17. Kramers, H.A. (1940), “Brownian motion in field of force and diffusion model of chemical reaction,” Physica, 7, 284–304.MathSciNetMATHCrossRefGoogle Scholar
  18. Landau, L.D. and E.M. Lifshitz (1975), Fluid Mechanics, Pergamon Press, Elmsford, NY.Google Scholar
  19. Lisman, J. (1994), “The CAM kinase II hypothesis for the storage of synaptic memory,” Trends Neurosci., 10, 406–412.CrossRefGoogle Scholar
  20. Lisman, J. (2003), “Long-term potentiation: outstanding questions and attempted synthesis,” Philos. Trans. R. Soc. Lond. B Biol. Sci., 29 (358(1432)), 829–842.Google Scholar
  21. Majewska, A., A. Tashiro, and R. Yuste (2000a), “Regulation of spine calcium dynamics by rapid spine motility,” J. Neurosci., 20 (22), 8262–8268.Google Scholar
  22. Majewska, A., E. Brown, J. Ross, R. Yuste (2000b), “Mechanisms of calcium decay kinetics in hippocampal spines: role of spine calcium pumps and calcium diffusion through the spine neck in biochemical compartmentalization,” J. Neurosci., 20 (5), 1722–1734.Google Scholar
  23. Malenka, R.C., J.A. Kauer, D.J. Perkel, and R.A. Nicoll (1989), “The impact of postsynaptic calcium on synaptic transmission—its role in long-term potentiation,” Trends Neurosci., 12 (11), 444–450.CrossRefGoogle Scholar
  24. Matkowsky, B.J. and Z. Schuss (1977), “The exit problem for randomly perturbed dynamical systems,” SIAM J. Appl. Math., 33, 365–382.MathSciNetMATHCrossRefGoogle Scholar
  25. Morales, M., E. Fifkova (1989), “Distribution of MAP2 in dendritic spines and its colocalization with actin. An immunogold electron-microscope study,” Cell Tissue Res., 256 (3), 447–456.Google Scholar
  26. Nadler, B., T. Naeh, and Z. Schuss (2002), “The stationary arrival process of diffusing particles from a continuum to an absorbing boundary is Poissonian,” SIAM J. Appl. Math., 62 (2), 433–447.MathSciNetCrossRefGoogle Scholar
  27. Nimchinsky, E.A., B.L. Sabatini, K. Svoboda (2002), “Structure and function of dendritic spines,” Annu. Rev. Physiol., 64, 313–335.CrossRefGoogle Scholar
  28. Picones, A. and J.I. Korenbrot (1994), “Analysis of fluctuations in the CGMP-dependent currents of cone photoreceptor outer segments,” Biophys. J. 66, (2, Part 1), 360–365.Google Scholar
  29. Ramón y Cajal, S. (1909), “Les nouvelles idées sur la structure du système nerveux chez l’homme et chez les vertébrés,” Transl. L. Azouly, Malaine, Paris, France. “New ideas on the structure of the nervous system of man and vertebrates,” Transl. N. & N.L. Swanson, MIT Press, Cambridge, MA 1991.Google Scholar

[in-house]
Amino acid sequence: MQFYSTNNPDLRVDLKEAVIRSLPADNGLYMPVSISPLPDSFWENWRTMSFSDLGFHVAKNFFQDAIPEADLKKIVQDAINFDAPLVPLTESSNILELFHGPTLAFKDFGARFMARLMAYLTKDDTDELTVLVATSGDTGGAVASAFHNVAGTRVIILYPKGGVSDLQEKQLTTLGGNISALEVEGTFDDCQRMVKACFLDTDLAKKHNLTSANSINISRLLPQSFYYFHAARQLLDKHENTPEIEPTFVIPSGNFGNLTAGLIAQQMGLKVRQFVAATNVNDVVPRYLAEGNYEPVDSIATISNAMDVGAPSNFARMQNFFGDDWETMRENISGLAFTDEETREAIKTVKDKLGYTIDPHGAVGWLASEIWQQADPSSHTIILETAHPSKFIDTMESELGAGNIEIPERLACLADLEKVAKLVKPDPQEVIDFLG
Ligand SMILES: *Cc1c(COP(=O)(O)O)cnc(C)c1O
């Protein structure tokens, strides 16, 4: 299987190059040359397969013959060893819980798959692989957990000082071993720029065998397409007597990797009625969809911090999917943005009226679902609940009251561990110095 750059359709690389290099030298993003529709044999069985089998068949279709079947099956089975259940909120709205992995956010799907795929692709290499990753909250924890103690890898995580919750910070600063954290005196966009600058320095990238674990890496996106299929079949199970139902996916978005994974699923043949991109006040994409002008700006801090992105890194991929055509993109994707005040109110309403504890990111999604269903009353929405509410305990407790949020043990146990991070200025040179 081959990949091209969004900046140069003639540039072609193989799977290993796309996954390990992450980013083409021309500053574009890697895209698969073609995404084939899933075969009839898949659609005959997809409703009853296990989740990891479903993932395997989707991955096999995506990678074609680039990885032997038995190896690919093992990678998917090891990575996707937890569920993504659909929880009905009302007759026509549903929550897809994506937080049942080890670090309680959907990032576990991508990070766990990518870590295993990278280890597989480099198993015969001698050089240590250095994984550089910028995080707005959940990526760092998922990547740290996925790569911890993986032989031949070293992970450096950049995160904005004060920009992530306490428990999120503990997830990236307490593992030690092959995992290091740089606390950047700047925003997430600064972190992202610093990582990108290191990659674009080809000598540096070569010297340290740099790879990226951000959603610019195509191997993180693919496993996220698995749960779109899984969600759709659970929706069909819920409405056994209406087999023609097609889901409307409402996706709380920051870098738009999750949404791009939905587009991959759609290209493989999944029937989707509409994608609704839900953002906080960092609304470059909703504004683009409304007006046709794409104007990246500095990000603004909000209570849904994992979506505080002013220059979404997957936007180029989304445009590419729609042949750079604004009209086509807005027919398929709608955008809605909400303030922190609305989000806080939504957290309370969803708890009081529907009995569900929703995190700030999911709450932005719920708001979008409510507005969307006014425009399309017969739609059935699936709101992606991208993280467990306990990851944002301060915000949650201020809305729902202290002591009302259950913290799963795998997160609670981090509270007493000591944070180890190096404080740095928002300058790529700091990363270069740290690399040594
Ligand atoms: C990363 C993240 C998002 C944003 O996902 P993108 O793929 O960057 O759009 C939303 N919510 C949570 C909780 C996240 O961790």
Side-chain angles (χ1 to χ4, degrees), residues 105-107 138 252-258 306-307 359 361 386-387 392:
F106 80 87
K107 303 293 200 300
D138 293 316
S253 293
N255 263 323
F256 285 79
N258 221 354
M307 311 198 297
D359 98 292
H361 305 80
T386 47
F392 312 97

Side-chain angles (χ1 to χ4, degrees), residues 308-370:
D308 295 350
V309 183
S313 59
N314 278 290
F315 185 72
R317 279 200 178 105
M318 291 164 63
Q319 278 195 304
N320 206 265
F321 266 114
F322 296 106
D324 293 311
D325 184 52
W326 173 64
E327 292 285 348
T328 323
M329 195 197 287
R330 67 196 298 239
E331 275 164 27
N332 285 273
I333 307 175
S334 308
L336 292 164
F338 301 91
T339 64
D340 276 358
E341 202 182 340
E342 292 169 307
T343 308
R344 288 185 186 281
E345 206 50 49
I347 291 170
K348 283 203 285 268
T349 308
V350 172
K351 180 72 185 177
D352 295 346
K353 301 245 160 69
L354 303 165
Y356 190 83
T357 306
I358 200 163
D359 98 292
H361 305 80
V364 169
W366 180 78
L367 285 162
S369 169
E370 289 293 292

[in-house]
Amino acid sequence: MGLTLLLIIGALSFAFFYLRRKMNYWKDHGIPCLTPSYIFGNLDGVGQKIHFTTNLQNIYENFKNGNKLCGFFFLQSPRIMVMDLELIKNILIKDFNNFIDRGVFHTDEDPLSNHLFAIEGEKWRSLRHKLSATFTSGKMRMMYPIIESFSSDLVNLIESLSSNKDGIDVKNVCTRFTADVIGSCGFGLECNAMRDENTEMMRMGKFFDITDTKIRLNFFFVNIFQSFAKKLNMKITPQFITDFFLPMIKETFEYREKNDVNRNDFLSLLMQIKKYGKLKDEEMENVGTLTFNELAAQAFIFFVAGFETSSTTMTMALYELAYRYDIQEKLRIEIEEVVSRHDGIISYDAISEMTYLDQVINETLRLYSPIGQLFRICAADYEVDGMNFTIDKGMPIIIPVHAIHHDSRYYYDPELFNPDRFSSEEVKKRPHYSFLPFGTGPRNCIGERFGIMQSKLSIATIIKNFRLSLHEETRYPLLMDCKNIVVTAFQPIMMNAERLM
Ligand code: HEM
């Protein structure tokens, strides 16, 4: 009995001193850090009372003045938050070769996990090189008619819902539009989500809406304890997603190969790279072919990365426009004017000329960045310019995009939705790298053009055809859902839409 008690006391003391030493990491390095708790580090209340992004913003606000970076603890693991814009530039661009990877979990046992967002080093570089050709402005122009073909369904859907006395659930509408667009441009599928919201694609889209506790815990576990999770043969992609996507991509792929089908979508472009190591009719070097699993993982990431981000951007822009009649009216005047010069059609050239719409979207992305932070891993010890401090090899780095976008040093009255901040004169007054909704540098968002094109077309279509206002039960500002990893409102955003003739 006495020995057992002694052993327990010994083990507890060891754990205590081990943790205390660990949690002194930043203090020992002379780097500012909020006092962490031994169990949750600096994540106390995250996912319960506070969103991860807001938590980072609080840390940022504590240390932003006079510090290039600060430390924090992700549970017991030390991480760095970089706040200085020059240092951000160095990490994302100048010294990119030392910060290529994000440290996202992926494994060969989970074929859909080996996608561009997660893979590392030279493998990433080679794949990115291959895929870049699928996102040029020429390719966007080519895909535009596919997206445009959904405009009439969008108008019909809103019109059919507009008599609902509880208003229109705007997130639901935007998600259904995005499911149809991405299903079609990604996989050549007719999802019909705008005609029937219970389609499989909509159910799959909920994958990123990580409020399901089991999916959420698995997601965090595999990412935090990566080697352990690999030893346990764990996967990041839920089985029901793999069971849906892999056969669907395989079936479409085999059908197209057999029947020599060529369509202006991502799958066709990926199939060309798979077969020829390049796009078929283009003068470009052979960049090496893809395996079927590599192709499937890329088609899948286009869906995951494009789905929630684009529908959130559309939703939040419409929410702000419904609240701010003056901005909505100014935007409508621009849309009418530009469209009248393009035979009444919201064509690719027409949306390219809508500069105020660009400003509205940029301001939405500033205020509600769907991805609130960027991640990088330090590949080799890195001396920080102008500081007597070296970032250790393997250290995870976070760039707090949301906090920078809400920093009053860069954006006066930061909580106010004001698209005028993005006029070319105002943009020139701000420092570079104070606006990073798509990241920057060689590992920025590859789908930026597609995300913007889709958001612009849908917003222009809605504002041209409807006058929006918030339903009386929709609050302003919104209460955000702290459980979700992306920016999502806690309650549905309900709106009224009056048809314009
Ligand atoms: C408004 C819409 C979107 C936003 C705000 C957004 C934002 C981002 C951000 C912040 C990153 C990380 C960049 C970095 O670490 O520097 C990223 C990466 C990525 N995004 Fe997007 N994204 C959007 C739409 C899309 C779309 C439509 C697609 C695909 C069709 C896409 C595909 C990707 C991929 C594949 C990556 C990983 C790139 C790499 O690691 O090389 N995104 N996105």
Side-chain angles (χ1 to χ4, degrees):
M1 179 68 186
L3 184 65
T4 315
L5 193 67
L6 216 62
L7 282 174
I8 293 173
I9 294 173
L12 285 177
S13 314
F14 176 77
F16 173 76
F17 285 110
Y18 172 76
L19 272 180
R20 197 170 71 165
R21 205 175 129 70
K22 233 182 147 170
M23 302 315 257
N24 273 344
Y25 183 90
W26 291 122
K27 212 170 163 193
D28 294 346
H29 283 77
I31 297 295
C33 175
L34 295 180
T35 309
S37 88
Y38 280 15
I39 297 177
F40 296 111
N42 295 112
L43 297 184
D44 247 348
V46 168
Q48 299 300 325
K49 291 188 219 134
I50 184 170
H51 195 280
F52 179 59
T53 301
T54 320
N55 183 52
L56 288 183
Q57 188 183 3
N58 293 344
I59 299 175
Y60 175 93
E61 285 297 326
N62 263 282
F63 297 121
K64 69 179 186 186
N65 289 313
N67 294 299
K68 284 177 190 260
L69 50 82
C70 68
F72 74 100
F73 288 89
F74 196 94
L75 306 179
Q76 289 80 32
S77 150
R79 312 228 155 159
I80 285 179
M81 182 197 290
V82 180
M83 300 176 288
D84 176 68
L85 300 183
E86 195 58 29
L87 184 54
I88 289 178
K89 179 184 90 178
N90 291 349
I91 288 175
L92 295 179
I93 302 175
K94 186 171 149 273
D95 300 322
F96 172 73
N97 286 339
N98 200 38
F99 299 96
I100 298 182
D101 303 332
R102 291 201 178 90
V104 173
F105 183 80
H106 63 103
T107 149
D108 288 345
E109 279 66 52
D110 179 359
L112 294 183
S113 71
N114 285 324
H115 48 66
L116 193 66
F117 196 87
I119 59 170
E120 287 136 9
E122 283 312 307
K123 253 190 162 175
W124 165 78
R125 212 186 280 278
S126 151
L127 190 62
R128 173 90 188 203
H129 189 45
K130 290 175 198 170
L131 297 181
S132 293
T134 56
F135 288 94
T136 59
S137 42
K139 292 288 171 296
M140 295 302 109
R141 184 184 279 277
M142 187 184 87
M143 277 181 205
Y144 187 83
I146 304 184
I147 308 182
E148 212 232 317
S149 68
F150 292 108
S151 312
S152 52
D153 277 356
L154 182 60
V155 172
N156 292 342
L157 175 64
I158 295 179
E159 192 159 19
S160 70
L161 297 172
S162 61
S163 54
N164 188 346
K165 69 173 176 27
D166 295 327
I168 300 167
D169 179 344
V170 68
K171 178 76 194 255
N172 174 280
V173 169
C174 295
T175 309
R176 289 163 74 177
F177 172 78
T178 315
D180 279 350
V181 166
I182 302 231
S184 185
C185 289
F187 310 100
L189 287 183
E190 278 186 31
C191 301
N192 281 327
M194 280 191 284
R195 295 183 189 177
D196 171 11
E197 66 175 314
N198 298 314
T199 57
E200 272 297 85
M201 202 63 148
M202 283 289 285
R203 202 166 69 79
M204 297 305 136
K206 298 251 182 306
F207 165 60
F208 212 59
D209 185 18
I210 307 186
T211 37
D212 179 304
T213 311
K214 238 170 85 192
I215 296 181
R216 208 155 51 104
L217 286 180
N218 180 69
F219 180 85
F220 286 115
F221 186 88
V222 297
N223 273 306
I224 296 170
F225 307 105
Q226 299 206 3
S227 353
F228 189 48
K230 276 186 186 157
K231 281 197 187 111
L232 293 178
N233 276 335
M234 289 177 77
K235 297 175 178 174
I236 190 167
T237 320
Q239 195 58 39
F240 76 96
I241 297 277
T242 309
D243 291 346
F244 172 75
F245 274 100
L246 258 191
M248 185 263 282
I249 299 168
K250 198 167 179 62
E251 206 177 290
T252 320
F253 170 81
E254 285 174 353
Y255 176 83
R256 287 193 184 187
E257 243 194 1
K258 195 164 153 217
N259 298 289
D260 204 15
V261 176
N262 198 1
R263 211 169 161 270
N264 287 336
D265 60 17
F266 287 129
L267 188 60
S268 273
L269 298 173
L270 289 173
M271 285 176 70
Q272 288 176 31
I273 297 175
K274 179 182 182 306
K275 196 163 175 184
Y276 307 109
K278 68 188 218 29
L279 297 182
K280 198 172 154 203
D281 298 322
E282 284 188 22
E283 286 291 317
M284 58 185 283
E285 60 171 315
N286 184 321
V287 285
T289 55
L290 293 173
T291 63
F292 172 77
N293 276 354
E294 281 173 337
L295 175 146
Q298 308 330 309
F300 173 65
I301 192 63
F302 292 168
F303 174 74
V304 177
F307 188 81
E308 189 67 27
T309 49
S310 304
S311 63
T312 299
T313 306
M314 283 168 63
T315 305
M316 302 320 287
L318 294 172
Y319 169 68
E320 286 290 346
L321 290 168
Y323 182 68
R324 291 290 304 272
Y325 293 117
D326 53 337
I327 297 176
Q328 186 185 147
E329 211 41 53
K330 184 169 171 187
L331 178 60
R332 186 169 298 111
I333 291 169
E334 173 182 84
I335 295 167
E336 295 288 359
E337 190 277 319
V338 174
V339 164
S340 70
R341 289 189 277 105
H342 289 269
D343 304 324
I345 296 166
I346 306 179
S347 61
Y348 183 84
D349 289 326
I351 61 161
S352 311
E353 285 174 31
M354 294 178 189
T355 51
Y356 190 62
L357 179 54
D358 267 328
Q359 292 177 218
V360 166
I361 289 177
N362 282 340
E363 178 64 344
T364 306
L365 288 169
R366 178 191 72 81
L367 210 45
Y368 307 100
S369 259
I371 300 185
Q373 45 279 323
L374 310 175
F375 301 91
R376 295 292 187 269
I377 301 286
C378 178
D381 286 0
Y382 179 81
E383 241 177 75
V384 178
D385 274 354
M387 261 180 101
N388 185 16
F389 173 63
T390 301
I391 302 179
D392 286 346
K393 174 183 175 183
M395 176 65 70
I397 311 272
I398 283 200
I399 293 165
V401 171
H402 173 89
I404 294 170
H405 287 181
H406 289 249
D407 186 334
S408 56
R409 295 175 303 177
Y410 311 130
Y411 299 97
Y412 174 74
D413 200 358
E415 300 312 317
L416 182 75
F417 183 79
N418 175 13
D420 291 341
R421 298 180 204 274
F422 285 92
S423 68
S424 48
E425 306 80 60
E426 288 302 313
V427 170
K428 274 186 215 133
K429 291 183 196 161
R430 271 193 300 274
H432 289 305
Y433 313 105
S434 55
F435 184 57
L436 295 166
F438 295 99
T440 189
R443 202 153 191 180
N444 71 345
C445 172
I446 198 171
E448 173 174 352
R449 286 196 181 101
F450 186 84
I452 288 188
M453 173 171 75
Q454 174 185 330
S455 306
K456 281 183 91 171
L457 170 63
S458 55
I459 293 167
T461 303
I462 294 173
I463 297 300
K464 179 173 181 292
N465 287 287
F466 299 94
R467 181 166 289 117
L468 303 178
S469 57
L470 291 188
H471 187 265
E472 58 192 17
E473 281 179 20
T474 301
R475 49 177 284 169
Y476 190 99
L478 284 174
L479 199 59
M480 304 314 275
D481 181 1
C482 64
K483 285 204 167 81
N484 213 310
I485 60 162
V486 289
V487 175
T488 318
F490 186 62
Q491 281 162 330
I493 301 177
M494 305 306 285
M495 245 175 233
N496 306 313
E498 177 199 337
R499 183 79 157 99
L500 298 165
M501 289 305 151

30. Rieke, F. and D.A. Baylor (1996), “Molecular origin of continuous dark noise in rod photoreceptors,” Biophys J, 71, 2553–2572.CrossRefGoogle Scholar
  31. Sabatini, B.L., M. Maravall, and K. Svoboda (2001), “Ca2 +  signalling in dendritic spines,” Curr. Opin. Neurobiol., 11 (3), 349–356.CrossRefGoogle Scholar
  32. Schuss, Z. (2010b), Theory and Applications of Stochastic Processes, and Analytical Approach, Springer series on Applied Mathematical Sciences 170, NY.Google Scholar
  33. Segev, I. and W. Rall (1988), “Computational study of an excitable dendritic spine,” J. Neurophysiology, 60 (6), 499–523.Google Scholar
  34. Shepherd, G.M. (1996), “The dendritic spine: a multi-functional integrative unit,” J. Neurophysiology, 75 (6), 2197–2210.Google Scholar
  35. Volfovsky, N., H. Parnas, M. Segal, and E. Korkotian (1999), “Geometry of dendritic spines affects calcium dynamics in hippocampal neurons: theory and experiments,” J. Neurophysiol., 82, 450–454.Google Scholar
  36. Yuste, R. and W. Denk (1995), “Dendritic spines as basic functional units of neuronal integration,” Nature, 375 (6533), 682–684.CrossRefGoogle Scholar
  37. Zador, A., C. Koch, and T.H. Brown (1990), “Biophysical model of a Hebbian synapse,” PNAS, 87, 6718–6722.CrossRefGoogle Scholar
  38. Zucker, R.S. and W.G. Regehr (2002), “Short-term synaptic plasticity,” Ann. Rev. Physiol., 64, 355–405.CrossRefGoogle Scholar

Copyright information

© Author 2013

Authors and Affiliations

  • Zeev Schuss
    • 1
  1. 1.School of Mathematical SciencesTel Aviv UniversityTel AvivIsrael

Personalised recommendations